I feel as though I've ranted ad infinitum about movies that are "inspired by real events" as the post title card in LUCY IN THE SKY purports the proceeding film to be, so I won't beat the point to death. In this instance, director Noah Hawley and his co-writers culled from the real life story of disgraced astronaut Lisa Nowak and the love triangle that drove her incontinence cross-continent on a 900 mile trip to attempt the kidnapping of her astronaut lover's girlfriend. Obviously, there are some major dramatic and thematic embellishments that seem to be at the heart of many of the negative reviews for this movie, but I personally wouldn't care to see LISA IN THE CAR WITH DIAPERS. The real events often don't have as much artistic flair to them. That's why movies are remarkable, and real life just kind of happens all the time. With that said, this review was "inspired by a real movie". I'm just your every day, average Joe, and like most people I went to the theater to see Natalie Portman in another tour de force performance in a prestige vehicle that would serve as further affirmation of this year's trend for smart, entertaining, and well made space dramas. Instead, I got LUCY IN THE SKY, and buddy, let me tell you, I wish I had been on some of the Beatles' cryptically referenced hallucinogen of choice for this one. Chalking up another bizarre entry in her filmography after VOX LUX, Portman plays a bona fide corn pone ass-tro-not coping with the immensity of the cosmos and the insignificance of Earthly life after one eye-opening space walk from a space station in a space suit in outer space. That's about as "science fiction" as this sci-fi flick will muster so don't be expecting laser blasters, mysterious signals from another planet, or aliens. This is sci-fi in the sense that normal science exists and the story is fiction, but this story could have taken place in nearly any setting if not for Lucy's space-induced insanity - the most ludicrous aspect of the film according to "real life" astronaut Marsha Ivins. People, namely specialists with extreme technical expertise who have trained their bodies and minds to physically traverse the atmosphere and Earth's outer orbit in advanced technological dirigibles don't go nuts because they went into outer space. People go nuts because the movie they're watching changes aspect ratio about 15 times in the first 30 minutes. I'm a huge Peter Greenaway fan, and he would often create structural and stylistic events in his films to remind the audience that they are watching a movie and to comment on the medium and how we process visual information. Here the aspect ratio changes to reflect Lucy's emotional state as a very baseline stylistic decision, like a comic book or a trailer for a 90's dark comedy. It's like Hawley saw the moonwalk scene in Damien Chazelle's FIRST MAN and said, "Hey that's cool, maybe I should do that the entire movie!" If only the movie's sins ended at the undulating letterboxes. In this alternate-dimension NASA, astronauts are high-functioning alcoholics who occasionally go for runs and almost never do anything scientific. Jon Hamm plays a believably boozey ladies' man in just about any movie or TV show he's in, but do they really expect me to believe that one of the only people qualified to go into outer space passes out on his Huston Space Center office couch with a brown bag full of warm PBR tall boys under him? The "southern" characterizations of the always wonderful Ellen Burstyn and especially Portman seem to come right out of an R-rated version of the "Reba" sitcom, and it reeks of cosmo-Hollywood caricaturism. This is a lot of nit-picking, I know, but the minutiae adds up to a stylistically unfocused, sometimes unintentionally hilarious, and ultimately bogus journey of self-discovery and feminist actualization, solidarity, and resistance (a blatant thematic intent that certainly comes up short of its goal). I will say this however, the parts of the movie that aren't obscured by arbitrary black frames are beautifully shot. Between this and SERENITY, 2019 has the "high cinematography with hare-brained drama" genre down pat, and LUCY IN THE SKY should sit nicely next to your blu-ray copy of THE BOOK OF HENRY.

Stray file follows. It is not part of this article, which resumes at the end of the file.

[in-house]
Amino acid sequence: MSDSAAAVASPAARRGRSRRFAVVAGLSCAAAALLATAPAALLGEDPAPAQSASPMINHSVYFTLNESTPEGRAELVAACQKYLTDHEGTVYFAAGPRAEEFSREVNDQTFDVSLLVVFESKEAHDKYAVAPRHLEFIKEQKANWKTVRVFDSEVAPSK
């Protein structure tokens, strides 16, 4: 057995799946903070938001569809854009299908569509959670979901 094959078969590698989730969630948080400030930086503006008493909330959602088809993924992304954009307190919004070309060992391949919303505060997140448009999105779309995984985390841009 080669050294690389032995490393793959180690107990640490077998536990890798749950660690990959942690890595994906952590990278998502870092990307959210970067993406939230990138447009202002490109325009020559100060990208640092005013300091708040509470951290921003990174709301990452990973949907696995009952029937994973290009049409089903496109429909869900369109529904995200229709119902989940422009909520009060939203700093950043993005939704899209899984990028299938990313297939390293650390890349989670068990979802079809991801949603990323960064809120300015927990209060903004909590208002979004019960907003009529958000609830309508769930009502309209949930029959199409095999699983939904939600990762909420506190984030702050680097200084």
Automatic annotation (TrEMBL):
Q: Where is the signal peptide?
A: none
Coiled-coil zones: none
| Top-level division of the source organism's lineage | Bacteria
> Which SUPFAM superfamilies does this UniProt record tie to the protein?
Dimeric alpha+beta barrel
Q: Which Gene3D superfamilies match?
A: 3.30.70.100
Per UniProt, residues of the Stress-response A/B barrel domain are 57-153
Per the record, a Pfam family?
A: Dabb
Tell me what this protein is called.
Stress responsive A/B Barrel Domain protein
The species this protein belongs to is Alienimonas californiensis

Steve L Super Reviewer